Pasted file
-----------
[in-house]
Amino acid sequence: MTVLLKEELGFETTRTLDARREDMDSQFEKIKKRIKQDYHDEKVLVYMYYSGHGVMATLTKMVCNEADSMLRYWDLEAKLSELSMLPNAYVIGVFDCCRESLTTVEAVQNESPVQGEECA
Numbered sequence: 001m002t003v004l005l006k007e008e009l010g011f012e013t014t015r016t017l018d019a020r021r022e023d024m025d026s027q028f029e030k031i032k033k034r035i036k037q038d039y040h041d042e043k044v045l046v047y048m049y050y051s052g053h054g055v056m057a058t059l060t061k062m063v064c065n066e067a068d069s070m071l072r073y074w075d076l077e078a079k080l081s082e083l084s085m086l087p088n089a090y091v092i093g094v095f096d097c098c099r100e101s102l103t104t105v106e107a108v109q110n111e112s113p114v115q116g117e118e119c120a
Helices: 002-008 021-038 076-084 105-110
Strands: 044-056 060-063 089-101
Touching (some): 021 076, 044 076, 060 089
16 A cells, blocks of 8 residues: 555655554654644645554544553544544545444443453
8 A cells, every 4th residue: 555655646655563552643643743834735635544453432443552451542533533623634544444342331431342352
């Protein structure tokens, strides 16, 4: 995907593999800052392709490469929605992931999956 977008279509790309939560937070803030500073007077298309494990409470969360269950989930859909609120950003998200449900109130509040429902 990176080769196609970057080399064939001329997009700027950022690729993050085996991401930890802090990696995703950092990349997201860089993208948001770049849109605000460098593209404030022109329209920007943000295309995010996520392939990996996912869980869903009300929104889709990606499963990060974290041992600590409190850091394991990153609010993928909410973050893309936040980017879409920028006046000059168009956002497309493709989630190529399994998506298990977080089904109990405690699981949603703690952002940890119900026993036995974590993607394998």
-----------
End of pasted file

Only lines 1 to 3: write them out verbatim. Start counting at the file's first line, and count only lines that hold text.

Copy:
[in-house]
Amino acid sequence: MTVLLKEELGFETTRTLDARREDMDSQFEKIKKRIKQDYHDEKVLVYMYYSGHGVMATLTKMVCNEADSMLRYWDLEAKLSELSMLPNAYVIGVFDCCRESLTTVEAVQNESPVQGEECA
Numbered sequence: 001m002t003v004l005l006k007e008e009l010g011f012e013t014t015r016t017l018d019a020r021r022e023d024m025d026s027q028f029e030k031i032k033k034r035i036k037q038d039y040h041d042e043k044v045l046v047y048m049y050y051s052g053h054g055v056m057a058t059l060t061k062m063v064c065n066e067a068d069s070m071l072r073y074w075d076l077e078a079k080l081s082e083l084s085m086l087p088n089a090y091v092i093g094v095f096d097c098c099r100e101s102l103t104t105v106e107a108v109q110n111e112s113p114v115q116g117e118e119c120a